Under the diffusion approximation, the expectations change as (10)where (11)[Equations 13 and 14 of Barton and de Vladar (2009); note that in their Equation 13 the expectation should be taken over the whole equation, not inside the derivatives as typed]. The expectations that appear on the left-hand side of (10) are not the same as the ones on the right; therefore, the system is not closed. We now introduce the continuous DynMaxEnt approximation, namely, that and in the dynamically changing system are approximated by the values that they would have at the corresponding stationary state that generates the actual ; the stationary distribution coincides with the MaxEnt distribution. If the population were at a stationary state under the forces **α***, chosen to produce the current expectations , then there would be no change: (12)where the asterisks denote values at the stationary distribution. The approximation has form , which gives Equation 15 of Barton and de Vladar (2009) as (13)It may be more convenient to follow the rates of change in **α***, which can be written in terms of the covariance of fluctuations in the **A**. Using matrix notation, (14)where (15)with an initial condition **α***(0) = **α**_{0} and **α** = **α**_{1}. The difference represents the change in evolutionary forces. Because the matrices **B*** and **C*** depend only on the effective forces **α***, as shown in Appendix B, the dynamical system for **α*** is closed. A detailed derivation of the DynMaxEnt method under more general conditions can be found in Appendix E.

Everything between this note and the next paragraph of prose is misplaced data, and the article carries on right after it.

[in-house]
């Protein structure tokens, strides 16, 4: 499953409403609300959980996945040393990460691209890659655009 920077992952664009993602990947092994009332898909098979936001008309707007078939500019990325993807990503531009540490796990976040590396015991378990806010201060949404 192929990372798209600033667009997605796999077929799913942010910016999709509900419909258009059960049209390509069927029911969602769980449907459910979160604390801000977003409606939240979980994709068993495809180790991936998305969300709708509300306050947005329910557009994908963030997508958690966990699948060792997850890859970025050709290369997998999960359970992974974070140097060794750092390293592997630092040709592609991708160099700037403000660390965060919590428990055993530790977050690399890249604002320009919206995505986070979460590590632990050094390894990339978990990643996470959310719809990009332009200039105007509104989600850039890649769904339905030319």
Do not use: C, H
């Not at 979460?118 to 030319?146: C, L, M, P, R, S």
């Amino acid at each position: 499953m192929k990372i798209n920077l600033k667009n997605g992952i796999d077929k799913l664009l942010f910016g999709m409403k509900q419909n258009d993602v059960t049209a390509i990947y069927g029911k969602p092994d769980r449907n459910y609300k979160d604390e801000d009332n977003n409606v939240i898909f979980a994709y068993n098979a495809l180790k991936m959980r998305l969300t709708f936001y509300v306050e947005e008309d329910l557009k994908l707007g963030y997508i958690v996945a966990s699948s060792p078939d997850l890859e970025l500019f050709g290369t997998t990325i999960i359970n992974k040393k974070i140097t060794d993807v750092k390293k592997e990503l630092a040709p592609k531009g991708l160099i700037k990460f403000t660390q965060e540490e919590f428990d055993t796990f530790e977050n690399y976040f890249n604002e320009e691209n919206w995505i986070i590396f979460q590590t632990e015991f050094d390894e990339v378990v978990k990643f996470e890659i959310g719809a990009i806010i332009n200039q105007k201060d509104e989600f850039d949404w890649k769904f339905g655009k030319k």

Intuitively, one may assume quasi-stationarity in (10), provided that the evolutionary forces **α** change on a slower timescale than the timescales of selection (1/β), mutation (1/μ), and random drift (2*N*). Then the adiabatic approximation in (14) should be accurate not only for the predicted observables but also for the microscopic distribution. However, we will show that even when the evolutionary forces change abruptly, *i.e.*, when is not small, the approximation remains accurate—even though there is no guarantee that the inferred microscopic distribution agrees with the correct one.

The matrix **B** can be seen as a generalization of the additive genetic covariance matrix, where the corresponds to (twice) the marginal effects of the *k*th allele on *A*_{i}. The MaxEnt approximation consists of assuming that this matrix is approximately what one would obtain at equilibrium with the current . Thus, (13) is an extension to the ”breeder’s equation” (Lynch and Walsh 1997), which allows for quantities that can be any function of allele frequencies—not just trait means—and that allows for random fluctuations, mutational bias, and nonadditive selection.

The DynMaxEnt method can be contrasted with the maximum-caliber method, reviewed in Pressé *et al.* (2013). DynMaxEnt uses static observables to infer the correct stationary allele frequency distribution but allows the Lagrange multipliers to change over time in accordance with the known diffusion equation, ensuring that the observables are correct at all times. However, the maximum-caliber method uses constraints on temporal characteristics to arrive at a distribution over the allele frequency paths with constant values of Lagrange multipliers. DynMaxEnt is suitable for our problem because it only assumes knowledge of initial and changed evolutionary parameters and no further information on the properties of the allele frequency paths.